Ryne Duren

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Rinold George Duren Jr.

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Biographical Information[edit]

Ryne Duren.jpg

A hard-throwing relief pitcher who spent most of his career in the American League, Ryne Duren was frightening to bat against because he only intermittently had control of his prodigious fastball. Known to teammates simply as "Rhino", his thick "Coke bottle" glasses, a reputation for heavy drinking, and a tendency to throw warm-up pitches against the backstop only heightened batters' uneasiness. Following his playing career, Duren spent many years involved in Alcoholics Anonymous and the recovery movement.

Duren had a whole career in the minors before he came up to the majors in 1954 with the fledgling Baltimore Orioles and then with the inaugural Los Angeles Angels in 1961. He pitched in the minors for almost a decade, often as a starting pitcher, winning nearly 100 games. His best years in the majors were shortly after he came up for good, with the New York Yankees in 1958 and 1959. He led the American League in saves in 1958.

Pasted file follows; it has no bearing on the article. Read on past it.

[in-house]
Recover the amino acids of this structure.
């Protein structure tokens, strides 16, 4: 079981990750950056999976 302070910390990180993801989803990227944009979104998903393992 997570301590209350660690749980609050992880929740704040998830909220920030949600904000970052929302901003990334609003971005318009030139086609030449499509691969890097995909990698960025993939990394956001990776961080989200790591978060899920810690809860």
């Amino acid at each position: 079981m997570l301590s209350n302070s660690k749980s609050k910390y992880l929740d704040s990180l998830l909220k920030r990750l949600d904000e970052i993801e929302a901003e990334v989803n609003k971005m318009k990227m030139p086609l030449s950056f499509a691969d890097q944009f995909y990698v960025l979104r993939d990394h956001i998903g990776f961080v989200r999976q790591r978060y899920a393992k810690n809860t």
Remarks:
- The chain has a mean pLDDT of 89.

It was major news in Los Angeles when Duren was acquired early in the Angels' history. The expansion Angels were looking for players to become their first marquee names and Duren, along with Leon Wagner, was one of the early choices. Steve Bilko and Ted Kluszewski were also on the team that he joined.

He is the uncle of singer Blackie Lawless.

Notable Achievements[edit]

  • 3-time AL All-Star (1958, 1959 & 1961)
  • AL Saves Leader (1958)
  • Won a World Series with the New York Yankees in 1958

Further Reading[edit]

  • Ryne Duren (as told to Marky Billson): "The Game I'll Never Forget", Baseball Digest, March-April 2009, pp. 58-60. [1]
  • Gregory H. Wolf: "Ryne Duren", in Mel Marmer and Bill Nowlin, eds.: The Year of Blue Snow: The 1964 Philadelphia Phillies, SABR, Phoenix, AZ, 2013, pp. 94-100. ISBN 978-1-933599-51-9

Related Sites[edit]